Can we believe women and have due process at the same time?

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If I’m hearing a lot of the chatter about Brett Kavanaugh correctly, there seems to be two beliefs co-existing out in the wild:

* Kavanaugh deserves due process.

* “Believing women” denies him that due process.

I’m here to tell you differently. Somewhat differently, at least.

I agree that Kavanaugh deserves a fair process of some sort. Accusations of wrongdoing are not, at the end of the day, evidence. Kavanaugh and his accusers both deserve a process that seeks the truth and weighs it as best humanly possible.* I’m not sure that’s what is happening right now.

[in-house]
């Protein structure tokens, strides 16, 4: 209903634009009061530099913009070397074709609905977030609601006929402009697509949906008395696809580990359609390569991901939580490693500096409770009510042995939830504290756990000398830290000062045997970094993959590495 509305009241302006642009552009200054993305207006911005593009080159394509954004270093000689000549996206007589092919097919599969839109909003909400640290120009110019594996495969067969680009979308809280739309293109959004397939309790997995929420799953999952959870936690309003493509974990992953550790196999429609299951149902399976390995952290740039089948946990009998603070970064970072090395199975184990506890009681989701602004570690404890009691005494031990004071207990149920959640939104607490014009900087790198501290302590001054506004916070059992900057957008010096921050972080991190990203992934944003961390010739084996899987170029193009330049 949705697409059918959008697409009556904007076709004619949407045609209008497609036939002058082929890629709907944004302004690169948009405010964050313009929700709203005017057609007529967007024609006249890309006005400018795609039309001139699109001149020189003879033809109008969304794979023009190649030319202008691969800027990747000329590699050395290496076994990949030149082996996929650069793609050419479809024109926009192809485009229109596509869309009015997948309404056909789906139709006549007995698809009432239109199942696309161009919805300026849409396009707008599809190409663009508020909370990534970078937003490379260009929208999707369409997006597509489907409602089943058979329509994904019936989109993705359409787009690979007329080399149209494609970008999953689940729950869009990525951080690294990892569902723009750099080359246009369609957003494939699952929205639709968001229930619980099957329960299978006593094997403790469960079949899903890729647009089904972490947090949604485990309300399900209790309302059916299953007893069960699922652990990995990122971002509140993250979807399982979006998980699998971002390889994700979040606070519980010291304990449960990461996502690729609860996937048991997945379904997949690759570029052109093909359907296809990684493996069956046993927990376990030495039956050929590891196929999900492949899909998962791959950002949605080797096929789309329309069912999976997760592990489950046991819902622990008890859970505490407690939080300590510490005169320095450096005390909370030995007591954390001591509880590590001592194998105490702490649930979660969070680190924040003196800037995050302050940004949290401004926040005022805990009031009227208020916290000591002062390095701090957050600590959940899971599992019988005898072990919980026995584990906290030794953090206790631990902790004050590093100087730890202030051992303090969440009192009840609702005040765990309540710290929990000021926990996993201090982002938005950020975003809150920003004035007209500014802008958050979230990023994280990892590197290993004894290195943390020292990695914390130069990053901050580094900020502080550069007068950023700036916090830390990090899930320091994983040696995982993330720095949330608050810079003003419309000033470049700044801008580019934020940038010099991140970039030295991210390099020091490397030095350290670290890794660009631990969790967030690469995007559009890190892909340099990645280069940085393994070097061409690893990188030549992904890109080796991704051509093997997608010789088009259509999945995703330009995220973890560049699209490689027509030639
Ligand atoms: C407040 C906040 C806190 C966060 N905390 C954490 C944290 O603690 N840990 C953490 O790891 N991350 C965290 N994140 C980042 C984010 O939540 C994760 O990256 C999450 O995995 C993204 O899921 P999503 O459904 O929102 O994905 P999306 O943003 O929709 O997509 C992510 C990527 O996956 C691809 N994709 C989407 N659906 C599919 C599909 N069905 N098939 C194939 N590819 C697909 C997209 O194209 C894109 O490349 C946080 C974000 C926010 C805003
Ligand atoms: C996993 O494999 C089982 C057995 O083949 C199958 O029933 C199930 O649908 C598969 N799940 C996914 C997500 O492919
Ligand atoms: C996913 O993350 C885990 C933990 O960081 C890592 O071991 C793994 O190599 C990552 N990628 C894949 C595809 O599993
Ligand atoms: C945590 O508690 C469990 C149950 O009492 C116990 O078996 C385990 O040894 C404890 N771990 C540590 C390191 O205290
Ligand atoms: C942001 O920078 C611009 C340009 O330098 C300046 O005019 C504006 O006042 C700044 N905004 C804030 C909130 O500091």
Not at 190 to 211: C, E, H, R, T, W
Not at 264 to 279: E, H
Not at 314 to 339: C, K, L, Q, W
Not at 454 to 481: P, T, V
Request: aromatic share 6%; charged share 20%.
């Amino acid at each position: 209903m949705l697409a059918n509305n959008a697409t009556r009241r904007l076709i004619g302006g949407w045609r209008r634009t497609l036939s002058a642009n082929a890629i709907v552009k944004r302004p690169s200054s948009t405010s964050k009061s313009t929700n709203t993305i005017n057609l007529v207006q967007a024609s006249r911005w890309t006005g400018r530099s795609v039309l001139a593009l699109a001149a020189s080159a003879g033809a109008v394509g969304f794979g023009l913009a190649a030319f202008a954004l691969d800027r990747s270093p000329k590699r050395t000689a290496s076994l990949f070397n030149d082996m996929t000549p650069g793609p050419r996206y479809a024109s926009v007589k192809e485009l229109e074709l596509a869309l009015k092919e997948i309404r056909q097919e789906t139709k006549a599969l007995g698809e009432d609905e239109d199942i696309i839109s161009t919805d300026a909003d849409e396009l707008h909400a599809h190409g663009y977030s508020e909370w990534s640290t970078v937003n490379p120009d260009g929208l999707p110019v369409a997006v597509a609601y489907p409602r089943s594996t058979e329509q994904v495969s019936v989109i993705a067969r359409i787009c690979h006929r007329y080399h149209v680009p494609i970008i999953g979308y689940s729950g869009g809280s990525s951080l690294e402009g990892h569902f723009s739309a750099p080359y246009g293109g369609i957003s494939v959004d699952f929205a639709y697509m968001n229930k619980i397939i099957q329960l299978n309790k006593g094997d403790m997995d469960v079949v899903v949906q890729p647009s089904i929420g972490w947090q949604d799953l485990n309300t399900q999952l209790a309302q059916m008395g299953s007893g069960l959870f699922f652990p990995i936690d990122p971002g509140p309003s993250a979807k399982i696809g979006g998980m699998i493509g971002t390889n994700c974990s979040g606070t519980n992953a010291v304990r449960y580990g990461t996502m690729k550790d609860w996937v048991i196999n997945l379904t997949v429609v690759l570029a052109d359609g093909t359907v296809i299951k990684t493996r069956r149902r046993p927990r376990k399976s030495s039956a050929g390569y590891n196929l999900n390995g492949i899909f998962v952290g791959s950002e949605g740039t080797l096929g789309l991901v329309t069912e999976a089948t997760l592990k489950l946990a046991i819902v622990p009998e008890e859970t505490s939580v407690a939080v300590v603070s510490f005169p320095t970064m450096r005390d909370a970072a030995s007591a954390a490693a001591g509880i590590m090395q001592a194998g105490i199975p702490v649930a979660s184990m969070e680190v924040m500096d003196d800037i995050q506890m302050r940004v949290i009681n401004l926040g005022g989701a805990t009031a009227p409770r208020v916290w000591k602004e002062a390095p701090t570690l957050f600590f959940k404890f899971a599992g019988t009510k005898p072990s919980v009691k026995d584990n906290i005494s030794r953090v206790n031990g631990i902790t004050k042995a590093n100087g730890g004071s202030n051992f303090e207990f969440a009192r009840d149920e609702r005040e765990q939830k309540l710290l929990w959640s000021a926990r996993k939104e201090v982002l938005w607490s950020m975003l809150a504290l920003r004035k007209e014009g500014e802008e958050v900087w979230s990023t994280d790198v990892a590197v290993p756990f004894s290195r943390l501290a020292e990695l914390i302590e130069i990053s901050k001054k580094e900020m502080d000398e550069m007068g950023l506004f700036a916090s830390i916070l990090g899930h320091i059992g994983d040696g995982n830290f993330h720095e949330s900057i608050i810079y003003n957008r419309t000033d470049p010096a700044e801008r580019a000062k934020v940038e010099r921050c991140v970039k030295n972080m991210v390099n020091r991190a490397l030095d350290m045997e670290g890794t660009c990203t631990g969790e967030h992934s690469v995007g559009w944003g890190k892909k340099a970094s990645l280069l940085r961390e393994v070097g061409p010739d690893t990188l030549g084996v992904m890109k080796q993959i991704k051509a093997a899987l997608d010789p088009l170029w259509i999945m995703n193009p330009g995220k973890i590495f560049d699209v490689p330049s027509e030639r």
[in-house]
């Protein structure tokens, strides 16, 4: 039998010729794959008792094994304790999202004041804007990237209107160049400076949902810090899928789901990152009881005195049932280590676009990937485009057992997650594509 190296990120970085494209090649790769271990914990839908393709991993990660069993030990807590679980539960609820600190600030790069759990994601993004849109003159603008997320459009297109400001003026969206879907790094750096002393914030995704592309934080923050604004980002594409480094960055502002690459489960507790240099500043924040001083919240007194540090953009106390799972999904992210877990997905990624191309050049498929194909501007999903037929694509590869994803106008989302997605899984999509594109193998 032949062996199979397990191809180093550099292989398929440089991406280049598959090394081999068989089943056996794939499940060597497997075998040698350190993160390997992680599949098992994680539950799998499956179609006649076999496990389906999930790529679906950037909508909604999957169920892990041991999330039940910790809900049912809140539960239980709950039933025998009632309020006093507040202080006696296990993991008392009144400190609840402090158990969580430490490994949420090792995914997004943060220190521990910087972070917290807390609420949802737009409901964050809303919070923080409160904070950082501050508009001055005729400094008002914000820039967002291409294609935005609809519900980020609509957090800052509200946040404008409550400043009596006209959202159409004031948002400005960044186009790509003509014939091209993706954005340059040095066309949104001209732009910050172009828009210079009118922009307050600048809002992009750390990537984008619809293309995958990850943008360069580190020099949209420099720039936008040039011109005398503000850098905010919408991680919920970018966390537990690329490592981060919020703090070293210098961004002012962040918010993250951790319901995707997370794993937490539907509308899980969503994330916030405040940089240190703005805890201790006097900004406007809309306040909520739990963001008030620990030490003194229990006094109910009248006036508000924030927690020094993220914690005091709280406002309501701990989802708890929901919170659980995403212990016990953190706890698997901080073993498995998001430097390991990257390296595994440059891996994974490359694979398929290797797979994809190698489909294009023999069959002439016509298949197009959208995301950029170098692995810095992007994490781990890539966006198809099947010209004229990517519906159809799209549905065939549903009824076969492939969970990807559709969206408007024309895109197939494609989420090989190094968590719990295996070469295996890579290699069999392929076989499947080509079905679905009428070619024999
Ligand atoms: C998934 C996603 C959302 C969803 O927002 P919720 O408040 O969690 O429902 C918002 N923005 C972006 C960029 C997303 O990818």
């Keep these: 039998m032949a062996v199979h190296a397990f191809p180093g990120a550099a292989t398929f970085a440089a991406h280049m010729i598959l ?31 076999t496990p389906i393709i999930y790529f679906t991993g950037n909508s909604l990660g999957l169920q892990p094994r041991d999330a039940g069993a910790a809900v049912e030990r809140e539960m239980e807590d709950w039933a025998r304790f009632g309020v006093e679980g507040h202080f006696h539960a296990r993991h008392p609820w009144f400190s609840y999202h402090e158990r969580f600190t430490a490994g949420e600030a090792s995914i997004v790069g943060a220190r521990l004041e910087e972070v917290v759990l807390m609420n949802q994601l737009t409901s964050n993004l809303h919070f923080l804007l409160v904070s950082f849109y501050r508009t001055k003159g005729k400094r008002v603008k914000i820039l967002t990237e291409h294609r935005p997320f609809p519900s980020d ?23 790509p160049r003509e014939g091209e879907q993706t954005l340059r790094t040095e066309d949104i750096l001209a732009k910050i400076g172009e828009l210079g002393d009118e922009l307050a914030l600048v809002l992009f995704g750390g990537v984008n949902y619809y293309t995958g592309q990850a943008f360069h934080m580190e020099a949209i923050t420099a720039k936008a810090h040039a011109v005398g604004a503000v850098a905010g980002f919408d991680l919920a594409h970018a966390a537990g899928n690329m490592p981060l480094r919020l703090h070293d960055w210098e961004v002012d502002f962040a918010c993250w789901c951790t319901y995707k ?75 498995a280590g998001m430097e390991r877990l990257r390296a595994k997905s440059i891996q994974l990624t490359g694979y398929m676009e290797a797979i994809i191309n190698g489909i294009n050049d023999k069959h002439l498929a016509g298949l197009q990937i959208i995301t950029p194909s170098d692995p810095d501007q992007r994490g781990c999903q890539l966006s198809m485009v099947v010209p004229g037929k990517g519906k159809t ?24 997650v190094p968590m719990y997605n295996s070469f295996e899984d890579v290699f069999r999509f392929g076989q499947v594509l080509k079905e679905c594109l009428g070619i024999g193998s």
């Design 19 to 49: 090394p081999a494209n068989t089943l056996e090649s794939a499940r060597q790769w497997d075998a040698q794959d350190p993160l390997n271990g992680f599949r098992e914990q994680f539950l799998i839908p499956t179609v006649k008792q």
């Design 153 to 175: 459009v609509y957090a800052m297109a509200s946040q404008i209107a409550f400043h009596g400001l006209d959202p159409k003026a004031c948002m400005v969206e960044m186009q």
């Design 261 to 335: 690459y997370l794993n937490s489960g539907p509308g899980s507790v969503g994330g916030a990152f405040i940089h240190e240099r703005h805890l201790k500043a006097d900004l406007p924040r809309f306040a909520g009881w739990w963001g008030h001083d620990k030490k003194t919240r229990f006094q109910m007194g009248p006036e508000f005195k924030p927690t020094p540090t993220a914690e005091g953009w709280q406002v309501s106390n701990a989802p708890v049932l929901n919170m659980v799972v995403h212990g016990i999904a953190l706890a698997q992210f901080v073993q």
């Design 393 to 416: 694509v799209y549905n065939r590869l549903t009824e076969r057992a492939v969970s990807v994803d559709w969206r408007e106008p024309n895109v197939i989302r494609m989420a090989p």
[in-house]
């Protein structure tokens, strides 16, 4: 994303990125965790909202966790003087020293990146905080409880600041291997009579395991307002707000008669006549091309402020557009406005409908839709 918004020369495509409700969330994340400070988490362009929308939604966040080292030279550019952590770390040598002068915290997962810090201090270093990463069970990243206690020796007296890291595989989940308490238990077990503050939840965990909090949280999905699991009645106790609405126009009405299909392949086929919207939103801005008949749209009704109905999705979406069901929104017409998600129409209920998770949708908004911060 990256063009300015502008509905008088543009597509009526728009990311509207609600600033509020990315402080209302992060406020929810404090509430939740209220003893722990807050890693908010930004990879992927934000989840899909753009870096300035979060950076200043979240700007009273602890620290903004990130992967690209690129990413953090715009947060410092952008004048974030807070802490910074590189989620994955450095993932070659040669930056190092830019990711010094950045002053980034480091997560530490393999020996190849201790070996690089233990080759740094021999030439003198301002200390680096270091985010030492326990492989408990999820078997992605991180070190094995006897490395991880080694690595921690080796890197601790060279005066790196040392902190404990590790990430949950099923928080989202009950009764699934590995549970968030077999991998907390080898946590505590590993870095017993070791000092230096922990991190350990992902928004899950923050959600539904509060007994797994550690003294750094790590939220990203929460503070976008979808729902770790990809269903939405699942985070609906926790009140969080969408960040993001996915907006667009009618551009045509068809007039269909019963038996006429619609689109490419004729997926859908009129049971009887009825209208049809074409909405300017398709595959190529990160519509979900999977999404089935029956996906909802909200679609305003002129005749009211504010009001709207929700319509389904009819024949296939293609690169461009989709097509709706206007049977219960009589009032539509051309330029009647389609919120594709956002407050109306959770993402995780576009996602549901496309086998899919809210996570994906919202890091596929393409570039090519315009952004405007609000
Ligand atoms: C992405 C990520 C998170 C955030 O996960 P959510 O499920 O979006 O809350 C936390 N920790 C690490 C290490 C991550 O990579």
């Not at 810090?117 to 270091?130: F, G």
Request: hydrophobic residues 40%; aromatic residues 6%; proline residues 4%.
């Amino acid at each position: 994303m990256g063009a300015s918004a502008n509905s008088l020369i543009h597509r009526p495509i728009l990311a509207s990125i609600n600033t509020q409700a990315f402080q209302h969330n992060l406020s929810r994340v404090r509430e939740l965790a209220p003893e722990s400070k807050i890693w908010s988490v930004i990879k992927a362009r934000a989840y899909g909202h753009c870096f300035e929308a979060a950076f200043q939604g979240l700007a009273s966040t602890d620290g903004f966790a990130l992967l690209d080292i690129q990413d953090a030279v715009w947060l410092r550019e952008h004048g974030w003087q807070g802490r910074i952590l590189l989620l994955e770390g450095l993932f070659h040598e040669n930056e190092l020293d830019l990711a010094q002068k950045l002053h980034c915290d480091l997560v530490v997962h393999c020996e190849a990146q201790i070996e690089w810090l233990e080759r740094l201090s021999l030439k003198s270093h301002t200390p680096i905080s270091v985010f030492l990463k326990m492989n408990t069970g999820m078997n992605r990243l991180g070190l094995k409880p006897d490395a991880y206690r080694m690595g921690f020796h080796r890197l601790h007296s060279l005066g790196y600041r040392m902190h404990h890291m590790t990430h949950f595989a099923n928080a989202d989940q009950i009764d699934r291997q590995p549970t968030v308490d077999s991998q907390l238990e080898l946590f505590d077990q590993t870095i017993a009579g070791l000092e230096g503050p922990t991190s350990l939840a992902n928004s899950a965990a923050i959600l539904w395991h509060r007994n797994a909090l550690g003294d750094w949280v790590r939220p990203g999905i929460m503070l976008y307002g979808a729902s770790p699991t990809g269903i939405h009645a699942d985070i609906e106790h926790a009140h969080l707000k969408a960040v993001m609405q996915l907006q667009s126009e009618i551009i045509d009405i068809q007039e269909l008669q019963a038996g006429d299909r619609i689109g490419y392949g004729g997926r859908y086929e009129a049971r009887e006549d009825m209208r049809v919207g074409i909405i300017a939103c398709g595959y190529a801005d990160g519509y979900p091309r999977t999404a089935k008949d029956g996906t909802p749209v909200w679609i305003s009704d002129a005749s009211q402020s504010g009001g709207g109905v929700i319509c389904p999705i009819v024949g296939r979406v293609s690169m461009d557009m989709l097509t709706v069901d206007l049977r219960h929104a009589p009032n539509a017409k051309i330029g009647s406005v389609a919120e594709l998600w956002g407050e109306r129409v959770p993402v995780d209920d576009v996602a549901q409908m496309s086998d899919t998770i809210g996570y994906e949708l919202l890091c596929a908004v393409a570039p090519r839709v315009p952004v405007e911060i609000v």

* “Best” may not be all that great in this circumstance, but that’s no reason not to try.

That said, “due process” is not a magic fairness potion. Tom Robinson in “To Kill a Mockingbird” got due process — would anybody argue he got justice? Due process takes place in a human context, and the truth of the matter is that we humans still struggle to take accusations of sex assault seriously, or with due concern for the victims. (The stories are legion. If you don’t have a personal story about this, you probably know a woman who does.) Oftentimes , due process can reflect that.

Maybe there’s a tension between “believing women” and giving the accused due process. I’m not convinced that we’ve actually believed women enough for it to be much of a problem. Wherever the right balance is, we’re not there yet.

 

Author: joeldermole

Joel Mathis is a freelance writer who lives in Lawrence, Kansas with his wife and son. He spent nine years as a syndicated columnist, co-writing the RedBlueAmerica column as the liberal half of a point-counterpoint duo. His honors include awards for best online commentary from the Online News Association and (twice) from the City and Regional Magazine Association.

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